The 6 Hours of Monza
This week, the FIA WEC will travel to Italy for the 6 Hours of Monza: on July 18, in its third race of the 2021 season, the FIA World Endurance Championship arrives at this mythical circuit. In total, there will be 38 vehicles that will be part of the starting grid: five Hypercar, twelve LMP2, four GTE in the LMGTE-Pro category and seventeen in the LMGTE-Am category.
So far, five drivers have achieved their first victory in the WEC this 2021. Four of them are Italian: Rovera, Lacorte, Sernagiotto and Fuoco, all with Ferrari teams except for Scherer, who won the LMP2 with United Autosports USA.
Italian-flagged teams have risen to 34 WEC victories, ranking third for the most of all nations, behind only Germany and the UK. span>
Toyota Gazoo Racing's two factory teams are the dominant teams in the Hypercar category. United Autosports, the 2019-20 season champion, is witnessing the tough fight put up by the JOTA teams. So much so, that the car driven by Anthony Davis, Roberto González and Antonio Felix Da Costa has been crowned at the top after its victory in the 8 Hours of Portimao.
The Temple of Speed
For motorsport enthusiasts, Monza is synonymous with speed, risk and “Ferrari”, more specifically, the home of the Tifosi. The iconic Italian racetrack is the oldest and fastest circuit in Formula 1 history: at 5.793 km and 11 corners, Monza is also the catalyst for multiple deaths of more than 52 drivers and 35 spectators since its debut in 1922. Over the years, the circuit has evolved into 10 different variations, including the addition of the high-speed banked oval built in 1955. When it was run strictly in the form of an oval, the Monza autodrome carried out the merger of two worlds, combining IndyCar and Formula 1 cars.
The 1955 Formula 1 championship introduced the combined road and oval circuit to the world of motorsports. That version was run a total of 4 times with 1961 being the last year due to the von Trips tragedy. Since sports cars around the world were considered slightly safer at the time, they continued to run in that version until 1969.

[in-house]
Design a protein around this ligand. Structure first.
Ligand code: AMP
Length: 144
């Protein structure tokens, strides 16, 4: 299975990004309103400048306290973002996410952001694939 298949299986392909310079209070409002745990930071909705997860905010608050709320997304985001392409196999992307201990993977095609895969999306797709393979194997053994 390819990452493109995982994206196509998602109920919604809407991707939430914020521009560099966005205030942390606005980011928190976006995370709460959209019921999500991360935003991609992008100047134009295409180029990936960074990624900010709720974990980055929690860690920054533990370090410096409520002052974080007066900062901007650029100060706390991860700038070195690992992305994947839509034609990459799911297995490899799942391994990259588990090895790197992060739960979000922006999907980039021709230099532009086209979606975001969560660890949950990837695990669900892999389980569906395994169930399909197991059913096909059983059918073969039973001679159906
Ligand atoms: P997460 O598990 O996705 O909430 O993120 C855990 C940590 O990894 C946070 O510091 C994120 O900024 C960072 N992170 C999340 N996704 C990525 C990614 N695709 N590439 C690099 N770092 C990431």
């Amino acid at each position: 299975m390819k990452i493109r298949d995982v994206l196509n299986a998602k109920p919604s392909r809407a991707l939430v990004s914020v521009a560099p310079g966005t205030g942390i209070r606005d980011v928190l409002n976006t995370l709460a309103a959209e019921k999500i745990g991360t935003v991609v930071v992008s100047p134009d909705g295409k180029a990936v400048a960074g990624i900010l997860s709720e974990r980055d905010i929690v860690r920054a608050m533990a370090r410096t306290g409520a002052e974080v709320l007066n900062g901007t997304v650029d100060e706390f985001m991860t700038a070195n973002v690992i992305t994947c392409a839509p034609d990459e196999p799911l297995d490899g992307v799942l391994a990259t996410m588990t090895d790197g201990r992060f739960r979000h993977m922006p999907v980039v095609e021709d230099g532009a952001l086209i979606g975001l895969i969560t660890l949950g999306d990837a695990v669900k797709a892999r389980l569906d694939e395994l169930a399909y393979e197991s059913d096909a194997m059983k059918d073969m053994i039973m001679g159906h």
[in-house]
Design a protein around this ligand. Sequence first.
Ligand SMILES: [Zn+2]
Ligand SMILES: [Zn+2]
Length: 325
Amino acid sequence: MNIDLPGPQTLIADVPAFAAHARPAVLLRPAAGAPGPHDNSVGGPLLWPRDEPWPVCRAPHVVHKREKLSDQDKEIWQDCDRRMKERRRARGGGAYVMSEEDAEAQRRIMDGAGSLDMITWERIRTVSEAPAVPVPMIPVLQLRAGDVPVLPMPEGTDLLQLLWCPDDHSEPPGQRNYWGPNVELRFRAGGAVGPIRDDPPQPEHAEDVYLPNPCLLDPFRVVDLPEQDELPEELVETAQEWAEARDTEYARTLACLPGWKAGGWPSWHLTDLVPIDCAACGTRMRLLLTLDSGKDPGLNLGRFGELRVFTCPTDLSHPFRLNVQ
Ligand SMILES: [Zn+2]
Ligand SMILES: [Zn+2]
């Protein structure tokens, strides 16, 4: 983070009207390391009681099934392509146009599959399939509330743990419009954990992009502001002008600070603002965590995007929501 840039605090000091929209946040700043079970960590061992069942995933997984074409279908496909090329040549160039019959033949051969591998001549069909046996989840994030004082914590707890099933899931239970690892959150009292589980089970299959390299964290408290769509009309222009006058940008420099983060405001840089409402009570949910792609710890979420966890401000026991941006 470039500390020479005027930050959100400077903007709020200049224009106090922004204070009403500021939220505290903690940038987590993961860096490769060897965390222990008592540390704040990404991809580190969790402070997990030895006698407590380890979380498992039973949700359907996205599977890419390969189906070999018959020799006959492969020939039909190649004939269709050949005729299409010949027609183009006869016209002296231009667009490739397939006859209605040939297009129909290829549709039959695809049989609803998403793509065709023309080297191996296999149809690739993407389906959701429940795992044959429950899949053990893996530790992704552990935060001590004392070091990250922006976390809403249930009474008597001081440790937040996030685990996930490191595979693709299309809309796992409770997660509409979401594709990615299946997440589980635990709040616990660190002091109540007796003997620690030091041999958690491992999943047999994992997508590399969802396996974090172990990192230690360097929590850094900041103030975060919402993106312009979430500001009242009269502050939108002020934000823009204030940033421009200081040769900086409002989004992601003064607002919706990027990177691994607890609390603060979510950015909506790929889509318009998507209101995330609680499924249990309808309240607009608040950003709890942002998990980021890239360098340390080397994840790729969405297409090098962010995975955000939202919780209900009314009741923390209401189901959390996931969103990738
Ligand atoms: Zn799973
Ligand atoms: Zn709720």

The Italian Grand Prix has always been held at Monza and, together with Silverstone, it is the only circuit that has been present on the Formula 1 calendar in every season from 1950 to the present. The only exception was 1980, the year he moved to Imola.
The Monza racetrack is also known as "the temple of speed", and it is not for less, since its long straights allow drivers to step on the accelerator until they reach speeds that exceed the 360 km/h. The speed record on this circuit is held by Colombian Pablo Montoya in a McLaren-Mercedes, with 372.6 km/h reached during the 2005 Italian Grand Prix.
Currently, in terms of elevation, the course feels completely flat. However, it has slight changes: it retains a minimum of 140.4 m and a maximum of 153.2 m. As many of us know, the true charm of Monza lies in its long straight and chicanes.
The average speed on this circuit is 245 km/h and one of the main reasons why it is so fast is its few braking zones, more precisely three in total that are considered key to give rise to overshoots.
In addition, Monza witnessed the closest finish in history: in 1971, Briton Peter Gethin won the race beating Ronnie Peterson by just 0.01 seconds. As if that were not enough, the first five drivers crossed the finish line with a total difference of only 0.6 seconds.
Monza has given us epic battles throughout its history such as Schumacher-Hamilton, Vettel-Alonso, Gasly-Sainz, Raikkonen-Hamilton and many others.< /p>
The stands that are currently on the left side of the racetrack are relatively new, and there is still part of the old cobblestone pits where the cars used to intervene. Today, they are part of the paddock club.
If you go you can still see some of those cobblestones and if you stand at the circuit on a Thursday afternoon you can smell years and years of motoring history. Today Monza continues to be one of the most beloved circuits in the sport.
Author: Florencia Andersen
Verschueren, G., 2021. Italian F1 Grand Prix 2019 Results: Charles Leclerc Wins Ferrari's Home Race. [online] Bleacher Report. Available at: <https://bleacherreport.com/articles/2852859> [Accessed 15 July 2021].
Emparan, I., 2021. Monza Circuit (Italy) | Formula F1. [online] Formula F1. Available at: <https://www.formulaf1.es/circuito/monza-italia/> [Accessed 15 July 2021].
Harlo, V., 2021. Reader Photo: John Shingleton's Monza Pits 1981. [online] The Chicane. Available at: <https://www.thechicane.com/2013/02/06/reader-photo-john-shingletons-monza-pits-1981/> [Accessed 15 July 2021].